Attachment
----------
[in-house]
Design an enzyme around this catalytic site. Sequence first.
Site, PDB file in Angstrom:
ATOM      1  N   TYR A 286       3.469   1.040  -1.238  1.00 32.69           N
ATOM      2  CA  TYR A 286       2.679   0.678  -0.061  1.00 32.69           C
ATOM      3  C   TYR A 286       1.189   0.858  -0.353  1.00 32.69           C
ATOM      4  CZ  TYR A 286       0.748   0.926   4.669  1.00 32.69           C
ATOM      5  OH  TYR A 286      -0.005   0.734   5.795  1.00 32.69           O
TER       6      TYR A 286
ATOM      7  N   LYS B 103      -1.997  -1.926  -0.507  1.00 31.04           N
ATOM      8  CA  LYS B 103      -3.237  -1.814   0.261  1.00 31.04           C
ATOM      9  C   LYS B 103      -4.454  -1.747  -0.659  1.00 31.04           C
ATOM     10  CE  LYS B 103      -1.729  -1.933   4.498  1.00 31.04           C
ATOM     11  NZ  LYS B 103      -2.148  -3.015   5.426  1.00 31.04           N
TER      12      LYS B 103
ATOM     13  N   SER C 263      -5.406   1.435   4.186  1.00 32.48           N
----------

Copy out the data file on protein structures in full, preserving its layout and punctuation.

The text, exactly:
[in-house]
Design an enzyme around this catalytic site. Sequence first.
Site, PDB file in Angstrom:
ATOM      1  N   TYR A 286       3.469   1.040  -1.238  1.00 32.69           N
ATOM      2  CA  TYR A 286       2.679   0.678  -0.061  1.00 32.69           C
ATOM      3  C   TYR A 286       1.189   0.858  -0.353  1.00 32.69           C
ATOM      4  CZ  TYR A 286       0.748   0.926   4.669  1.00 32.69           C
ATOM      5  OH  TYR A 286      -0.005   0.734   5.795  1.00 32.69           O
TER       6      TYR A 286
ATOM      7  N   LYS B 103      -1.997  -1.926  -0.507  1.00 31.04           N
ATOM      8  CA  LYS B 103      -3.237  -1.814   0.261  1.00 31.04           C
ATOM      9  C   LYS B 103      -4.454  -1.747  -0.659  1.00 31.04           C
ATOM     10  CE  LYS B 103      -1.729  -1.933   4.498  1.00 31.04           C
ATOM     11  NZ  LYS B 103      -2.148  -3.015   5.426  1.00 31.04           N
TER      12      LYS B 103
ATOM     13  N   SER C 263      -5.406   1.435   4.186  1.00 32.48           N